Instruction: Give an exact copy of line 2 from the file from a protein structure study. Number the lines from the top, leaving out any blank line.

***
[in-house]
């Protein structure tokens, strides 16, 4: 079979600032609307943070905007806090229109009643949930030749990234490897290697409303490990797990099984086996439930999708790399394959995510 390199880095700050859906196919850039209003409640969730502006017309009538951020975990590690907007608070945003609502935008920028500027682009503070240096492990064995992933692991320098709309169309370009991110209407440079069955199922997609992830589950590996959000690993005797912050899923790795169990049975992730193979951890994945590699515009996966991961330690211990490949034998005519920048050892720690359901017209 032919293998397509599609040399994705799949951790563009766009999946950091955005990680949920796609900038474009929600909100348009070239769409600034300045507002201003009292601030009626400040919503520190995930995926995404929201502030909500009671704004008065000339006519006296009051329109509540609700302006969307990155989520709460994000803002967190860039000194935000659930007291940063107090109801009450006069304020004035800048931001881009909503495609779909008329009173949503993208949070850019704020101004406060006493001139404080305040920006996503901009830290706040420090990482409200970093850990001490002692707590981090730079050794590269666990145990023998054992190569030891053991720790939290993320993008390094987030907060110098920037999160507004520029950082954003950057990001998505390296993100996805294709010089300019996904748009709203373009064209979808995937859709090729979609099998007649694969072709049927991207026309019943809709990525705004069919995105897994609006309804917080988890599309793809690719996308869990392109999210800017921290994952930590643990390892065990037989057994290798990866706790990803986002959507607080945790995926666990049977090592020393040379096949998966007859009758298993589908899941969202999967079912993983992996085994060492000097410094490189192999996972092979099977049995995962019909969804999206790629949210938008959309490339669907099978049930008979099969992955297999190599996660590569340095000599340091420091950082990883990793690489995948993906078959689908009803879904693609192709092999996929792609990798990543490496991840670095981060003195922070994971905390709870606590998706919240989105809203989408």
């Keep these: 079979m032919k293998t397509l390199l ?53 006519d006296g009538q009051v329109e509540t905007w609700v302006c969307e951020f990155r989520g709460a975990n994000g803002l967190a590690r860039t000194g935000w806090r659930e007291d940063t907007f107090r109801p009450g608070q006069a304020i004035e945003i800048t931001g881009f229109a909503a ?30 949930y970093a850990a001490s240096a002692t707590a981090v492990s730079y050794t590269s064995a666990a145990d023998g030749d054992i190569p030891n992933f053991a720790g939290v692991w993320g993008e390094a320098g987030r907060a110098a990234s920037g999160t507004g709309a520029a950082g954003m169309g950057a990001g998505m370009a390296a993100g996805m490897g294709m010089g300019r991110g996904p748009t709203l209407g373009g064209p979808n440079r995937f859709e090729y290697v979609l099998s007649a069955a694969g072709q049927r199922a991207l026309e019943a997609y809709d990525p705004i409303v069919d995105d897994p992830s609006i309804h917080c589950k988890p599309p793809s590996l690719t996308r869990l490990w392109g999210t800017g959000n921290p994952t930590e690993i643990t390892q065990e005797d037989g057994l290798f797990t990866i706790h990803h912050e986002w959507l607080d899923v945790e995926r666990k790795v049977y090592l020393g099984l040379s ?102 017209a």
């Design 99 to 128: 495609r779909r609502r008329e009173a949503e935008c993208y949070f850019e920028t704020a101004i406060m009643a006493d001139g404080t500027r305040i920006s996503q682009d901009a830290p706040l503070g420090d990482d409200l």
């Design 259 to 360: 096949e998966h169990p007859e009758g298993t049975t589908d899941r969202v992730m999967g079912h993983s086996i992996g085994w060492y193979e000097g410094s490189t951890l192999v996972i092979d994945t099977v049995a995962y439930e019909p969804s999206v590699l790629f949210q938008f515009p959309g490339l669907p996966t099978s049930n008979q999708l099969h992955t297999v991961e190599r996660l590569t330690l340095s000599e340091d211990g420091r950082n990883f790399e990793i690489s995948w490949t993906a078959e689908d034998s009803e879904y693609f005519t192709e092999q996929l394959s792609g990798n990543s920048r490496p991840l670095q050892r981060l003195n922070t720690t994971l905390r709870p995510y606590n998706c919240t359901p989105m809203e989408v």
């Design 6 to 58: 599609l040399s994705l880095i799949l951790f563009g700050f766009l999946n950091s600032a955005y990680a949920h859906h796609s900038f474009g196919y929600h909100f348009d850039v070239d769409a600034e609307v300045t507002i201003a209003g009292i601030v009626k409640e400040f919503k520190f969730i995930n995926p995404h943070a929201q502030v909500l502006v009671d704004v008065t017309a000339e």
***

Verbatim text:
């Protein structure tokens, strides 16, 4: 079979600032609307943070905007806090229109009643949930030749990234490897290697409303490990797990099984086996439930999708790399394959995510 390199880095700050859906196919850039209003409640969730502006017309009538951020975990590690907007608070945003609502935008920028500027682009503070240096492990064995992933692991320098709309169309370009991110209407440079069955199922997609992830589950590996959000690993005797912050899923790795169990049975992730193979951890994945590699515009996966991961330690211990490949034998005519920048050892720690359901017209 032919293998397509599609040399994705799949951790563009766009999946950091955005990680949920796609900038474009929600909100348009070239769409600034300045507002201003009292601030009626400040919503520190995930995926995404929201502030909500009671704004008065000339006519006296009051329109509540609700302006969307990155989520709460994000803002967190860039000194935000659930007291940063107090109801009450006069304020004035800048931001881009909503495609779909008329009173949503993208949070850019704020101004406060006493001139404080305040920006996503901009830290706040420090990482409200970093850990001490002692707590981090730079050794590269666990145990023998054992190569030891053991720790939290993320993008390094987030907060110098920037999160507004520029950082954003950057990001998505390296993100996805294709010089300019996904748009709203373009064209979808995937859709090729979609099998007649694969072709049927991207026309019943809709990525705004069919995105897994609006309804917080988890599309793809690719996308869990392109999210800017921290994952930590643990390892065990037989057994290798990866706790990803986002959507607080945790995926666990049977090592020393040379096949998966007859009758298993589908899941969202999967079912993983992996085994060492000097410094490189192999996972092979099977049995995962019909969804999206790629949210938008959309490339669907099978049930008979099969992955297999190599996660590569340095000599340091420091950082990883990793690489995948993906078959689908009803879904693609192709092999996929792609990798990543490496991840670095981060003195922070994971905390709870606590998706919240989105809203989408």